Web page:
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Thyrocervical Trunk

It’s the short, wide branch of the subclavian artery.

Origin, Course and Conclusion

The thyrocervical trunk originates from the upper aspect of the initial part of the subclavian artery in the medial margin of the scalenus anterior and lateral to the origin of vertebral artery. It instantly ends into 3 branches.


These are:

  • Inferior thyroid artery.
  • Superficial cervical artery.
  • Suprascapular artery.

Inferior Thyroid Artery

It ascends along the medial border of scalenus anterior and just below transverse process of C7 vertebra, it turns medially in front of the vertebral artery and posterior to vagus nerve, sympathetic trunk and common carotid artery to get to the posterior surface of the lateral lobe of the thyroid gland Then it descends to the lower pole of the thyroid lobe and splits into ascending and descending glandular branches.

Other Small Branches

Along with glandular branches to thyroid gland it also supplies these branches:

  • Ascending cervical artery enters upwards in front of the transverse processes of cervical vertebrae along the medial side of the phrenic nerve and acts as a guide to this nerve. It supplies prevertebral muscles and sends spinal branches to the vertebral canal along the spinal nerves.
  • Inferior laryngeal artery accompanies the recurrent laryngeal nerve to the larynx and supplies the mucous membrane of the larynx below the vocal cord and muscles of the larynx.
  • Tracheal, pharyngeal and esophageal branches to trachea, pharynx and esophagus, respectively.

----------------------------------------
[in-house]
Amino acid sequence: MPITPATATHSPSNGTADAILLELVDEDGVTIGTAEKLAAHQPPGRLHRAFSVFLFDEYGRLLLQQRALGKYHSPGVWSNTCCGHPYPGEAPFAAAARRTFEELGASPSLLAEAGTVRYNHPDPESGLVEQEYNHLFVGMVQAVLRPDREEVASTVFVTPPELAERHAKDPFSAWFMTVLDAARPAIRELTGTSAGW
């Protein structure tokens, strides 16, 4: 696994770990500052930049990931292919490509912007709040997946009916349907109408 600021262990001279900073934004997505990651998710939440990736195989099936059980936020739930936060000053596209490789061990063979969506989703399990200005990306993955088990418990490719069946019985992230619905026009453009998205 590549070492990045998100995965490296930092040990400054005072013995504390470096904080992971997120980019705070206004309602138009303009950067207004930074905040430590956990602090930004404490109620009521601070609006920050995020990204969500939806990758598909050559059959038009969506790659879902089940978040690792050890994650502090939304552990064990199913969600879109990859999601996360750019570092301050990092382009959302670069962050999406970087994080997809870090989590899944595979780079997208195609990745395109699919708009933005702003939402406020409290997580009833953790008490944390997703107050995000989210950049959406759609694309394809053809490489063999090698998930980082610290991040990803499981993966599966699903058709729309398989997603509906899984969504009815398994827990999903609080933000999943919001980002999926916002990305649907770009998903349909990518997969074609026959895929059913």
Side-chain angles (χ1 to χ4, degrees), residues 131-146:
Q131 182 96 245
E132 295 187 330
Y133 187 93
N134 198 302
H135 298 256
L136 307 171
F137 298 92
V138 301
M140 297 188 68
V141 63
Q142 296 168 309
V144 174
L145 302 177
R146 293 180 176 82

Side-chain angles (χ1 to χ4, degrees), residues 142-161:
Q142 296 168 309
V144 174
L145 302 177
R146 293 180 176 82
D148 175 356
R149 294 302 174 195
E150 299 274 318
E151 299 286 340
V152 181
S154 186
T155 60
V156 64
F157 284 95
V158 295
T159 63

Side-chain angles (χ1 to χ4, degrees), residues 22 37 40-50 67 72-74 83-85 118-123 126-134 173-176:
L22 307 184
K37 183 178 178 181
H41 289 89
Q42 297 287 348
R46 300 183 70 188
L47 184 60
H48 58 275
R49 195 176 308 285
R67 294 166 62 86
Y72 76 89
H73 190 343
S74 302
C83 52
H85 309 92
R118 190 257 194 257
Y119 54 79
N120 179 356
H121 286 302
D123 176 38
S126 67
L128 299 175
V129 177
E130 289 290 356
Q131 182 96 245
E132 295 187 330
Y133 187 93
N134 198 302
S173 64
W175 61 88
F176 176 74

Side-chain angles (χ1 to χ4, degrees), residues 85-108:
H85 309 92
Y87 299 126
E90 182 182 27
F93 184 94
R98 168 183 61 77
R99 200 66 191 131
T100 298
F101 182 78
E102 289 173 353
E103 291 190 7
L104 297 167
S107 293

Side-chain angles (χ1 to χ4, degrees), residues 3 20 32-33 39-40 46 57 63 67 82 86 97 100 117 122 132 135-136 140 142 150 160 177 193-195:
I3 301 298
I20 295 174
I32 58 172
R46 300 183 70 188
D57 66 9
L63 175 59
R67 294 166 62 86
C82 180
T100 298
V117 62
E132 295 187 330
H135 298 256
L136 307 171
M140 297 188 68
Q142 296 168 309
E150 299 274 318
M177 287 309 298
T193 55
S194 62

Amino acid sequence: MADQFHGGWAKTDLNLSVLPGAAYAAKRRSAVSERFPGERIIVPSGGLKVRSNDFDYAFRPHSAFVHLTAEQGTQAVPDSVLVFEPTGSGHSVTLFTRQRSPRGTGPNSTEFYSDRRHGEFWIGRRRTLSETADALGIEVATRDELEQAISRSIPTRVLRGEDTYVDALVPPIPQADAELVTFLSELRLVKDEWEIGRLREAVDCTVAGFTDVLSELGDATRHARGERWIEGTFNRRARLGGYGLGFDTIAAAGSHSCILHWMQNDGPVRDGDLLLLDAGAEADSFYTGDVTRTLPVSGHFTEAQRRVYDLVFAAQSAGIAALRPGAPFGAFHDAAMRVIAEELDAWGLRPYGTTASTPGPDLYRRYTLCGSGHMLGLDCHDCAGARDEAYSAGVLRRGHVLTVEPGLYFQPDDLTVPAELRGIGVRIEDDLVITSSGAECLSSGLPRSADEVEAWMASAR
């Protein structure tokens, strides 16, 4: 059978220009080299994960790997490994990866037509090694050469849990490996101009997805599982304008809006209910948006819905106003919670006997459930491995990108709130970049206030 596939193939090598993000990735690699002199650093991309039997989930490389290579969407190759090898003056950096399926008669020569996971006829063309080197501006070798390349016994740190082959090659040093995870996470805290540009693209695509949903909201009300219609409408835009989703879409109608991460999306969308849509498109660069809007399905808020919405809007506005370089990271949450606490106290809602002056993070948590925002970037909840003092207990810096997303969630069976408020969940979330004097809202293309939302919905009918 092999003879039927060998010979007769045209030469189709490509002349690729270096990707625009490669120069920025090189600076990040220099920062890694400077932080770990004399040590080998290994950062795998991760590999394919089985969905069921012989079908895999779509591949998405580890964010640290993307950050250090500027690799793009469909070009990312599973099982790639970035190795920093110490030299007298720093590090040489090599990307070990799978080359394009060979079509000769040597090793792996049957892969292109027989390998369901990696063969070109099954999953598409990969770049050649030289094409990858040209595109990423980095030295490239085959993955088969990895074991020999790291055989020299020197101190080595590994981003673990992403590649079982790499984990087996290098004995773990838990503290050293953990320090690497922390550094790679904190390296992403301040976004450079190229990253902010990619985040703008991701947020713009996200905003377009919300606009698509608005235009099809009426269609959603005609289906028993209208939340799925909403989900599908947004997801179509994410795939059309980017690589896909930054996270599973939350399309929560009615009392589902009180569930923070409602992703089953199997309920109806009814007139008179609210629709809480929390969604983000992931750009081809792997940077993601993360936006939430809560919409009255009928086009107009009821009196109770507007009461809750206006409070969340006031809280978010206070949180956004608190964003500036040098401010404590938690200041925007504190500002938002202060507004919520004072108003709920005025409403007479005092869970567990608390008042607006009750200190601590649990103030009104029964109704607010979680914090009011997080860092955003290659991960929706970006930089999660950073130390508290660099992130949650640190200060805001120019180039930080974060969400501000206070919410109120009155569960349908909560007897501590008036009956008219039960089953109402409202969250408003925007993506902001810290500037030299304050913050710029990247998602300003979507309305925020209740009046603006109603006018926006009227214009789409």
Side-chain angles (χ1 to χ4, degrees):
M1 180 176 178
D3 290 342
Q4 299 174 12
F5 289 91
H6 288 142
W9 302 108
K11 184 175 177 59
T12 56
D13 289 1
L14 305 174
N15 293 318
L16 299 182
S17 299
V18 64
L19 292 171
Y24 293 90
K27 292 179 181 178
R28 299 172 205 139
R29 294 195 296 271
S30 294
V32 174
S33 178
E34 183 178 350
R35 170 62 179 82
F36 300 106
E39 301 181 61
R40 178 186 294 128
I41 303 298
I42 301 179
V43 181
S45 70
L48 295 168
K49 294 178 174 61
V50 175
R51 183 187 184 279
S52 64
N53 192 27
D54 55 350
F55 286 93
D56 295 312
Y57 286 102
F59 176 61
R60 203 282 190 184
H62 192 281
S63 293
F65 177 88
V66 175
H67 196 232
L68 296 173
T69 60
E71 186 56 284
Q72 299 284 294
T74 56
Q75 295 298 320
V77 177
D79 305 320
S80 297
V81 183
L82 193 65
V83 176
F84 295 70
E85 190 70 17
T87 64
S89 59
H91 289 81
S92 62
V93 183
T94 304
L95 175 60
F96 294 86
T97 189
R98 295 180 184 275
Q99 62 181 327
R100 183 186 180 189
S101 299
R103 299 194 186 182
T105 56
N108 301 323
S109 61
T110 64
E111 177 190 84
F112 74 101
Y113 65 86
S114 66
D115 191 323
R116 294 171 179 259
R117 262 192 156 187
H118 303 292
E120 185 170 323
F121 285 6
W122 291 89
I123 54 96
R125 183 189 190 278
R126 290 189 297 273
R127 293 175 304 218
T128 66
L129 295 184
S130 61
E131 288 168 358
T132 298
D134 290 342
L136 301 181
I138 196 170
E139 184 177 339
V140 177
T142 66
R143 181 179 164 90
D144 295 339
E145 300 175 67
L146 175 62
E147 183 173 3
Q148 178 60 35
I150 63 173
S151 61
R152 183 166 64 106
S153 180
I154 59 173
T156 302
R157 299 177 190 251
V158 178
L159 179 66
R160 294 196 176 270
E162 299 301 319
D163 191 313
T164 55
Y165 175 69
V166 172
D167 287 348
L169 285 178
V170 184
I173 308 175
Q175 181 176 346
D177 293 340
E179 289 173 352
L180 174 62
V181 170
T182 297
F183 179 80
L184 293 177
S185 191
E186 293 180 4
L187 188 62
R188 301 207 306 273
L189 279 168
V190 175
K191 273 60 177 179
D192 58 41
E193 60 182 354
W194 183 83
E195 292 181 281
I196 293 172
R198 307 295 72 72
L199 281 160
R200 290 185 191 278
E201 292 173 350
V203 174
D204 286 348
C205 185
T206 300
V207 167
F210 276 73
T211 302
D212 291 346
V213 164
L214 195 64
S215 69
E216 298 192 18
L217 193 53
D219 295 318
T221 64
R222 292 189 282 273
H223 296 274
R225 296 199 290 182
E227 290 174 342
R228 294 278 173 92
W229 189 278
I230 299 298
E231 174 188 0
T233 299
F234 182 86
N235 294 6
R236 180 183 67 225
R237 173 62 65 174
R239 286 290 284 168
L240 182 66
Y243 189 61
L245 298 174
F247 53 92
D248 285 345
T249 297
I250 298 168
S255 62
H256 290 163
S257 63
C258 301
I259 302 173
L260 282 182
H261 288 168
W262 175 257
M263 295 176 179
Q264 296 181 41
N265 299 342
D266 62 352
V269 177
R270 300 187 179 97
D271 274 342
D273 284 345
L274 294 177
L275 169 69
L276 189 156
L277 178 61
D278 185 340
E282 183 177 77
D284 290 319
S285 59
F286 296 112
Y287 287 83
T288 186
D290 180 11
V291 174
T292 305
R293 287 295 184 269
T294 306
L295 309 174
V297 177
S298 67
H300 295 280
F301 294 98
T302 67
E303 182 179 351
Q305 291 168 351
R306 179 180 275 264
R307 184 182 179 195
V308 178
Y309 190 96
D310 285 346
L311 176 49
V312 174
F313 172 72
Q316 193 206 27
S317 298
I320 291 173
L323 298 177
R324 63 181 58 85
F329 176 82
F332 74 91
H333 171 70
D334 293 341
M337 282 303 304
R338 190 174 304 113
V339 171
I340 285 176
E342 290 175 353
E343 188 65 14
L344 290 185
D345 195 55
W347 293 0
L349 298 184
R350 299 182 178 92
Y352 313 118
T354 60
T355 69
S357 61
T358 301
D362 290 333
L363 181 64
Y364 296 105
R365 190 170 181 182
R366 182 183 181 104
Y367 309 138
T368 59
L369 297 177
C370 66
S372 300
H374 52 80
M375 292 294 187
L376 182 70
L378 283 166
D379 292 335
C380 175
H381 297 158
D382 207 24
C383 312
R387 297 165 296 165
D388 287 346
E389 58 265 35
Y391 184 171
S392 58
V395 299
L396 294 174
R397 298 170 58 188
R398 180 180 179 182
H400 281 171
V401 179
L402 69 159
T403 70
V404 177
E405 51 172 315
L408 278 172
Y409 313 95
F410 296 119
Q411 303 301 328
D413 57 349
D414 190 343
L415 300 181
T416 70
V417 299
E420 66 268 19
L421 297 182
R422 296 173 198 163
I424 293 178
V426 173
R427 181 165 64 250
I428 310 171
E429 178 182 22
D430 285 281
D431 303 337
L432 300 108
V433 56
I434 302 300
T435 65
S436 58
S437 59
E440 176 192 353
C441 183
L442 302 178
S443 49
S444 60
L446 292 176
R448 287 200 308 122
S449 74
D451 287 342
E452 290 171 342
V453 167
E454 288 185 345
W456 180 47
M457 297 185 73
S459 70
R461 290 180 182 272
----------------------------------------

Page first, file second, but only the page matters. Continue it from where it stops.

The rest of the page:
Transverse Cervical Artery

It enters laterally and upwards across the scalenus anterior to get to the posterior triangle, where it is located in front of the trunks of the brachial plexus. Here, it further divides into superficial and deep branches. The superficial branches ascend underneath the trapezius and anastomoses with the superficial section of the descending branch of the occipital artery.

The deep branch lessons deep to the levator scapulae and takes past in the scapular anastomosis.

Suprascapular Artery

It enters laterally across the scalenus anterior to be located in front of the 3rd part of the subclavian artery and of brachial plexus. Now it enters behind the clavicle to reach the suprascapular notch of the scapula, where it enters above the suprascapular ligament to goes into the suprascapular fossa and takes part in the formation of arterial anastomosis around the scapula.

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